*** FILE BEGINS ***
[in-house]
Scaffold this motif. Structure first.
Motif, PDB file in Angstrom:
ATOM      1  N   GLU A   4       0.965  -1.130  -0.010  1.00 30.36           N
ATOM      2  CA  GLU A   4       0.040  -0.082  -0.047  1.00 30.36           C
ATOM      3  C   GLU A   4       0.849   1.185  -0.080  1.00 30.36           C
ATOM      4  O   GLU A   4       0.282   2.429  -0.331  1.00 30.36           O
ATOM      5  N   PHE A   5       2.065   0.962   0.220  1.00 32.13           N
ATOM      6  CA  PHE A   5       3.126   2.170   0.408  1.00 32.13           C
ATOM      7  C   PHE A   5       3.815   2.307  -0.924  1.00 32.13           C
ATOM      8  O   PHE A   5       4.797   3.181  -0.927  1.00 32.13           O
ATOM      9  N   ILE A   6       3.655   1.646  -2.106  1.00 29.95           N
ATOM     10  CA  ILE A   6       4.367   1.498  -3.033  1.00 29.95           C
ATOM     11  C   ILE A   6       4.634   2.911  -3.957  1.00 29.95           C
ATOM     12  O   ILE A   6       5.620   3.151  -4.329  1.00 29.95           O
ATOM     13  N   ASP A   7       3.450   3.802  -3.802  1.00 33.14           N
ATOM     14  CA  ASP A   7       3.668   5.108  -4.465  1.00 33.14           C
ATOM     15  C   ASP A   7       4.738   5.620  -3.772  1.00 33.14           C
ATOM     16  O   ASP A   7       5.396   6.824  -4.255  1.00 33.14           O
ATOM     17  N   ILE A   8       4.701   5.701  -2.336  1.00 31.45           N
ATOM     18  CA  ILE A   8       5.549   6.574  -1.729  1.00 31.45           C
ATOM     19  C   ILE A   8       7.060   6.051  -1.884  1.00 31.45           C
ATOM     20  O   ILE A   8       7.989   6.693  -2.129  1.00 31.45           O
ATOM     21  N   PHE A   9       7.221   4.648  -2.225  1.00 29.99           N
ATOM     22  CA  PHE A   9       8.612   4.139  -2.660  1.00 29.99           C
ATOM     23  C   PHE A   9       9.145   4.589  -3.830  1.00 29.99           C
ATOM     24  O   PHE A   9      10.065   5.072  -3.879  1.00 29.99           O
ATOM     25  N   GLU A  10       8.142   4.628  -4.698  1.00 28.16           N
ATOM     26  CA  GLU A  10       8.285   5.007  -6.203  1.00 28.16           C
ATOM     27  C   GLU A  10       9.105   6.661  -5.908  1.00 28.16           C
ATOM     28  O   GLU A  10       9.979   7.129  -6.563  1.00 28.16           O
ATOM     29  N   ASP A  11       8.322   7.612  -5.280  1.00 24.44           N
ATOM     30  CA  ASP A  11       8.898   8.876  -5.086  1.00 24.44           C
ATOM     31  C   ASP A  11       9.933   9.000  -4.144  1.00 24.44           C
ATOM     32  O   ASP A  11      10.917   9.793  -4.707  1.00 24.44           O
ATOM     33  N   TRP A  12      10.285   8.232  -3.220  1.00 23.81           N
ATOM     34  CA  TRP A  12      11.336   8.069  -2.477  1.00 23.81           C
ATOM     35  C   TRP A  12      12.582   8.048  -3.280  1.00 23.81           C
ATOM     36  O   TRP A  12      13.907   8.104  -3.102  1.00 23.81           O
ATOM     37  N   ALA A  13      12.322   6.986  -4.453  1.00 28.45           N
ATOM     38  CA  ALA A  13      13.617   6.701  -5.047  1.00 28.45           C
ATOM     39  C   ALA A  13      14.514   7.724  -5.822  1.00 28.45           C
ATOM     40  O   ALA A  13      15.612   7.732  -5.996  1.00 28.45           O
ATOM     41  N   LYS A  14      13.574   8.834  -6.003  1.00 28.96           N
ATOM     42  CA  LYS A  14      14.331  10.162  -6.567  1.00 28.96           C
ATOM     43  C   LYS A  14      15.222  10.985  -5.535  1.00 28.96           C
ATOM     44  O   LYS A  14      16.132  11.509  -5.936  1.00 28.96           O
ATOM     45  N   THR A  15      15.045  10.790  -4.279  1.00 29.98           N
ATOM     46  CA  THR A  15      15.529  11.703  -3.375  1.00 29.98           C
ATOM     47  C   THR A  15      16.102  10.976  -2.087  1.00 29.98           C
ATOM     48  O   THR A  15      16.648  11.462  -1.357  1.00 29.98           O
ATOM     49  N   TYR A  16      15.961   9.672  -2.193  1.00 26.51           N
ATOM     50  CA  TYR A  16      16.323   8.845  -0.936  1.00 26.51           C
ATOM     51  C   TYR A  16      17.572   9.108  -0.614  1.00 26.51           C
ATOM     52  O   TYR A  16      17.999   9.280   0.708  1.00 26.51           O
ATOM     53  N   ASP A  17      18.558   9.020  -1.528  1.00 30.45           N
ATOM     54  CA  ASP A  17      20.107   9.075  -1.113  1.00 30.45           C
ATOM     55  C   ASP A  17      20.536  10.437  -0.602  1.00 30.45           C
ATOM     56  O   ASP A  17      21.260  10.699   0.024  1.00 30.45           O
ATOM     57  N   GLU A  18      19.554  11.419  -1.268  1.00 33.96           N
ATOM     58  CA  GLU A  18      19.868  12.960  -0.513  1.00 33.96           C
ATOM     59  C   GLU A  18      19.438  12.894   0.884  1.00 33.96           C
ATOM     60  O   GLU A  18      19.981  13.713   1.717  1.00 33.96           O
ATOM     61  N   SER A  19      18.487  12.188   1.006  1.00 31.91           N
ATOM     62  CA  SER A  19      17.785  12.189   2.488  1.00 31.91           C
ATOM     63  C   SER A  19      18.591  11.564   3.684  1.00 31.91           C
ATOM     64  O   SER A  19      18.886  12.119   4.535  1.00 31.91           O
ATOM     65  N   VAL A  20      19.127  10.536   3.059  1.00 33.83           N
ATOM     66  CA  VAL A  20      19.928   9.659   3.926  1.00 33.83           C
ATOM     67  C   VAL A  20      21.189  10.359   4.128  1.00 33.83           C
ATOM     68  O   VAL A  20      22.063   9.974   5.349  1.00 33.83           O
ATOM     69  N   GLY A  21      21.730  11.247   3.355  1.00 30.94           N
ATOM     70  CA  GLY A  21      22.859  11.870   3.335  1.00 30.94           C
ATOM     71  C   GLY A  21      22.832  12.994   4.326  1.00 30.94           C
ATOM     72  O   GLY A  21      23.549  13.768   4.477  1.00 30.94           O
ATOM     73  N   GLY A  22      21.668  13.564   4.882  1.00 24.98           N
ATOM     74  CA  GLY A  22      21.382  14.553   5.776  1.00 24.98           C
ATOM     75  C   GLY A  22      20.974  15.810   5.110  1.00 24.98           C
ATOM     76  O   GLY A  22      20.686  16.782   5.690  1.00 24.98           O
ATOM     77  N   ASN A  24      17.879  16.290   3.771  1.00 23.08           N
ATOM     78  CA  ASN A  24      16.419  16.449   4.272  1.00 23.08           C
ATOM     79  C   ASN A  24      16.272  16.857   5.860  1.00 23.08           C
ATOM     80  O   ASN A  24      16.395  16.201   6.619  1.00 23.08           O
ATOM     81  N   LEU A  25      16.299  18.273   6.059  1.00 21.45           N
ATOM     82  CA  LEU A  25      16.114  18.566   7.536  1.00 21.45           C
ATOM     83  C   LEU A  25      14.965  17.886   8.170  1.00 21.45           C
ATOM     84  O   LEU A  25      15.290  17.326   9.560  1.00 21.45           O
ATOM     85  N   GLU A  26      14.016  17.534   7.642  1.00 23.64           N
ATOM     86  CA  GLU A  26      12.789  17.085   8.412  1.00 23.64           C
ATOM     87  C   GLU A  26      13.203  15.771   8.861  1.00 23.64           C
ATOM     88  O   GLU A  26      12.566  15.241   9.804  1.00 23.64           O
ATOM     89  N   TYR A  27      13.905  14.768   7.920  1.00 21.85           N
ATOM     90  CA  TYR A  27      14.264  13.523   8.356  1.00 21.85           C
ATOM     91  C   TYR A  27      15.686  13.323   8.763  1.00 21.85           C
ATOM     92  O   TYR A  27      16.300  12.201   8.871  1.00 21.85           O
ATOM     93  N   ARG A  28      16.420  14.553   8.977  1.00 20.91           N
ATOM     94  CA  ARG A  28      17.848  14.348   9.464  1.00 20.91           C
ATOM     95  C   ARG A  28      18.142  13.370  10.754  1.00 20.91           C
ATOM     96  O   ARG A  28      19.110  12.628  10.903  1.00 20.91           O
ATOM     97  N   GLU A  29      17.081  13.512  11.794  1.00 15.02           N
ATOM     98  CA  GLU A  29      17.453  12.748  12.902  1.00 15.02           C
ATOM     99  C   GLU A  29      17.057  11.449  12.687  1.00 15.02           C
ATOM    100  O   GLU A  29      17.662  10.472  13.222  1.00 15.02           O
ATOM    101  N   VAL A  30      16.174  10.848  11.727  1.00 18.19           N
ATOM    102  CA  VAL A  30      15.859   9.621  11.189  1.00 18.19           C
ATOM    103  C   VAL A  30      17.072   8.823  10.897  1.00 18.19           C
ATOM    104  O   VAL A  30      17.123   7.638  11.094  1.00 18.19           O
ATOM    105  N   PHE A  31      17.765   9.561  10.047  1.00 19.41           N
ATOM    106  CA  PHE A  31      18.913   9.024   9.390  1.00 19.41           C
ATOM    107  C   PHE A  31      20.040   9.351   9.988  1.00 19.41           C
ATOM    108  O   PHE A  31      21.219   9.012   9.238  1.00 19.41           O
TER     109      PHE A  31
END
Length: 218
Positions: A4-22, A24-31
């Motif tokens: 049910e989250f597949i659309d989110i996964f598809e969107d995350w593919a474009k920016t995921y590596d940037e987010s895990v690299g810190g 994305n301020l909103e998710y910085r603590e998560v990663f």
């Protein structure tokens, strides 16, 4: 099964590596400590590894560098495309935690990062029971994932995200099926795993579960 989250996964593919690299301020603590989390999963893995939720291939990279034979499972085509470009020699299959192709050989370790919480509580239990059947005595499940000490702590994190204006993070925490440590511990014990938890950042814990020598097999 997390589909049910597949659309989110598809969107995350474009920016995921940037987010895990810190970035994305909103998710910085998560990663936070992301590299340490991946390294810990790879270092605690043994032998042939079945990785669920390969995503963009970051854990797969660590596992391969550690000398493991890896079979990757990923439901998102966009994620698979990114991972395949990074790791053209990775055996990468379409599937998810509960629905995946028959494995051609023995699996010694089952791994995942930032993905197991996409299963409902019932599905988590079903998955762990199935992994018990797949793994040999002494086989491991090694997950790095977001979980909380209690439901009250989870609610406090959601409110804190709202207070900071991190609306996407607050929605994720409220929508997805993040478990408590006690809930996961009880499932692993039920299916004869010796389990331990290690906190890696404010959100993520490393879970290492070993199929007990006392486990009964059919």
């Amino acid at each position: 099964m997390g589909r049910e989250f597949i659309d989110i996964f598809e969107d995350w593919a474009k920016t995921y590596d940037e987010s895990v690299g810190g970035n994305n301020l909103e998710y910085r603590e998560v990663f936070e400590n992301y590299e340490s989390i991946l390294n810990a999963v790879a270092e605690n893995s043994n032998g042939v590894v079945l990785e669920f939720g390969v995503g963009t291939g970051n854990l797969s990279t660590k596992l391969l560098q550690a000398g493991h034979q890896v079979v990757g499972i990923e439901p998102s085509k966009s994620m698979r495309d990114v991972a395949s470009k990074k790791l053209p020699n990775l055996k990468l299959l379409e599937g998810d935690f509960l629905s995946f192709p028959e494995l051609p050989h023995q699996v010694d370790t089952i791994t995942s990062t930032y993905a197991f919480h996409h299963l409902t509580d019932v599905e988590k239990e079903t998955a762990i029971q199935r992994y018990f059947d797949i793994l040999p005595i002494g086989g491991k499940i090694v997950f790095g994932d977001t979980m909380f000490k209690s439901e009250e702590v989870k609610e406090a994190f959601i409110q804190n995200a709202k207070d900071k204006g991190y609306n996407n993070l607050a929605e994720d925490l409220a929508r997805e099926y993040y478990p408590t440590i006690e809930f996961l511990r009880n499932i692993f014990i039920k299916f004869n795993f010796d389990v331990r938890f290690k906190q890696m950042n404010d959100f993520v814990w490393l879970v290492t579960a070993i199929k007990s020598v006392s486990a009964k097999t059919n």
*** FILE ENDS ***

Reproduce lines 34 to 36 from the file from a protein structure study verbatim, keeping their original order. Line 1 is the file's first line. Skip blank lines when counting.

ATOM     31  C   ASP A  11       9.933   9.000  -4.144  1.00 24.44           C
ATOM     32  O   ASP A  11      10.917   9.793  -4.707  1.00 24.44           O
ATOM     33  N   TRP A  12      10.285   8.232  -3.220  1.00 23.81           N